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“... as ‘physically a dauntingly large and hairy man’, he adds that there was a Goodman brother who ‘was smaller in stature’. Now I come to think of it, though, that might interest an alien. FrancisKing, in his autobiography Yesterday Came Suddenly, writes as straightforwardly as he has always done. Every so often in the course of his long career as a novelist critics have spoken of the ...”
“... about Ackerley and about their relation. This selection from Ackerley’s diaries is about the relation between Ackerley and his sister: about that only, since Nancy is granted no independent life. (FrancisKing does his best to supply her with one in his accommodating introduction.) Given that Ackerley could unquestionably write, his perverse refusal to make real the husband of Nancy, or her son, has ...”
“... He is like Denys the Alexandrian, who in Flaubert’s account received orders from heaven to read every book in the world. His head must be dizzy with the minor works of Julian Mitchell and FrancisKing and Brian Patten and Maureen Duffy. His sleep must have been poisoned for years by worries about properly dating Piers Paul Read’s A Married Man. It is, in fact, a disaster to fill a book like this ...”
“... Peter Vansittart, novelist, historian and writer for children, has been singled out for praise by critics as diverse as Philip Toynbee, FrancisKing, Angus Wilson and Andrew Sinclair. All feel that he lacks the large audience he deserves. Yet the curious reader, anxious to gain more information about this somewhat enigmatic writer, of undoubted ...”
“... never find enough images, said Mark Boxer. He was wrong about that. The staff ripped off books for drawings and paintings – and commissioned photographs. Some of the most powerful were by David King. He used to come blazing into the office with his huge black-and-white portraits, already measured up for size: no question, ever, of anything being cropped. One was of the writer Francis Wyndham ...”
“... To Francis Stuart on his 95th Birthday You – on a Friday evening in Dublin At the curtain of the 20th century – Dare me to be a child again: ‘Imagine being Dostoevsky ... ’ (Pause) ‘Or a gnat ...”
“... Trying to describe the spectacular summit meeting between Henry VIII and Francis I which took place in June 1520, contemporaries fell into a kind of stupor. It was the eighth wonder of the world, said one. Another thought the temporary palaces – erected at staggering expense ...”
“... puke’. Now there is a new practitioner, working with a different vernacular and a different elevated diction. The first of the 47 fictions in James Kelman’s Greyhound for Breakfast finds old Francis on a park bench in Glasgow, menaced by vaguely circling winos trying to cadge a cigarette. It was downright fucking nonsensical. And yet it was the sort of incident you could credit. You were ...”
“... there is more to things than getting it together (or not) in the capital. Carlo Gebler’s ‘W9’ centres on a middle-aged Polish couple whose son has recently committed suicide. Jane Gardam and FrancisKing are chilling and precise enough in observation to carry off banal-looking themes; Gardam’s tale of imminent Oxbridge entrance and the comparison of A-level grades in leafy Wimbledon has a ...”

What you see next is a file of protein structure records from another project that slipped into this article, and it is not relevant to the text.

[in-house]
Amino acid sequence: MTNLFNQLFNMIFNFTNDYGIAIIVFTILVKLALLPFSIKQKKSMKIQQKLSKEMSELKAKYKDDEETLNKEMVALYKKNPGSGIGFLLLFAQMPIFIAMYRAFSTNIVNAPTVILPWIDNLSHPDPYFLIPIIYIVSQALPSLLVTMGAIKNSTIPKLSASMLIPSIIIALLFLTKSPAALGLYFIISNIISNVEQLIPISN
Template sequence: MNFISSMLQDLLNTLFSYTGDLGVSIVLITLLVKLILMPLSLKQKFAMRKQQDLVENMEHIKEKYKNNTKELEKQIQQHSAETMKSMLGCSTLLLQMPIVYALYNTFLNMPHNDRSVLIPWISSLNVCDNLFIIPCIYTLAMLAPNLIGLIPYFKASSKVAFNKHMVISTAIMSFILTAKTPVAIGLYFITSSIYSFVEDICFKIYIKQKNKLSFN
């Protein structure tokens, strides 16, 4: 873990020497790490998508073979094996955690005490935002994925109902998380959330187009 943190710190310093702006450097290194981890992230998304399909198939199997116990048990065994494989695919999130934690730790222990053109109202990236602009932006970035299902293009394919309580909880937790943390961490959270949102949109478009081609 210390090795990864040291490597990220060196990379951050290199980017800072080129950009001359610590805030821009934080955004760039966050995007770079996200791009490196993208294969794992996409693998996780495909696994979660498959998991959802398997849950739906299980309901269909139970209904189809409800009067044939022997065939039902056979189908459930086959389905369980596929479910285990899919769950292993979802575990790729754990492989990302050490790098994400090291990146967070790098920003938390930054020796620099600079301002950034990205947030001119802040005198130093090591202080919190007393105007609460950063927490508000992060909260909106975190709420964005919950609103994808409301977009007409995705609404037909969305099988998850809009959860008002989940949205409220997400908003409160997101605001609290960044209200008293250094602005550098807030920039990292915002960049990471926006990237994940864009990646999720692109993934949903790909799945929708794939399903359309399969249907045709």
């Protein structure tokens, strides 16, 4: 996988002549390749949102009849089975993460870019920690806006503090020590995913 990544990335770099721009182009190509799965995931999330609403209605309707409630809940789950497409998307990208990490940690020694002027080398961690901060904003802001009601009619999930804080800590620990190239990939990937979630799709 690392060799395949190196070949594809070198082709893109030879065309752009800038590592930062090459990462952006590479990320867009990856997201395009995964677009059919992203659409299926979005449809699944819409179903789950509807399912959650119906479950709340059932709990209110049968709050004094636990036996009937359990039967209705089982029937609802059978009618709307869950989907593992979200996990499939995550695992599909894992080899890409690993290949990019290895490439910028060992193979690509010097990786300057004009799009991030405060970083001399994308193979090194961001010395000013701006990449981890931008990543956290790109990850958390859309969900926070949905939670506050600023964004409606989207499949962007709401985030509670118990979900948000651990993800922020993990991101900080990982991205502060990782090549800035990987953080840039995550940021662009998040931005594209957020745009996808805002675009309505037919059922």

“... whom he mercilessly depicted in Hindoo Holiday, the name Chhatarpur being changed, by no means unrecognisably, to Chhokrapur. Chhatarpur was visited not only by the latest literary Trevelyan but by FrancisKing and Diana Petre, respectively literary executor and half-sister of Ackerley. Was this mass descent really a good idea? The whiff of scandal had subsided somewhat, but there was understandable ...”
“... scurrying fugitive clutching the crown jewels as he escapes to Claridge’s in his private jet. All too single, the dramatic images miss their mark. ‘What, into this?’ The words are those of the king of infinite space up against his nutshell, the ‘etherial spirit of man’ as Carlyle put it, up against ‘two or three feet of sorry tripe full of–’, the voice of whatever it is in us which in ...”
“... filled with accounts ‘based on’ what someone said, or on what Stevie Smith wrote. But they sometimes allow friends to speak for themselves. What they have to say is far from fulsome. According to FrancisKing, she was ‘a great character’, but ‘not, emphatically, not a nice character’. Elisabeth Lutyens talks of her ‘childishly screaming for attention’. Stalwart chums resented her endless ...”
“... got a polaroid. Where’s the Kirlian clapper boy? Akashic flashers, unsheathe your auric fronds and let it all hang out so far you gotta pump air into it. Click. Click. Take infinity! … Crown King Thing. The aura bomb has been detonated. Our energy is continuous and immortal … And so on – when he hits this vein, Heathcote can keep it up indefinitely. But in his best work – The Speakers ...”
“... In the spring of 1604, the English were adjusting to the arrival of King James from Scotland, attending to the doings of his first Parliament, and awaiting the arrival of envoys from the King of Spain to negotiate an end to twenty years of war. Peace, even with the Scots, was in the air. This did not please everybody, and some of the people it did not please were Catholics, who thought ...”
About Turn. The Communist Party and the Outbreak of the Second World War: The Verbatim Record of the Central Committee Meetings 1939 edited by Francis King and George Matthews. Lawrence and Wishart, 318 pp., £34.95, November 1990, 9780853157267Show More
“... with reservations, that if it was general would leave the Party in a state of complete confusion and helplessness of leadership’. Most, however, fulfilled the role demanded of them by the demon king of this pantomime, Palme Dutt. Dutt dominates and controls these proceedings with a Catoesque monomania and a forensically inflexible vocabulary. As David Edgar has pointed out, Dutt is the one ...”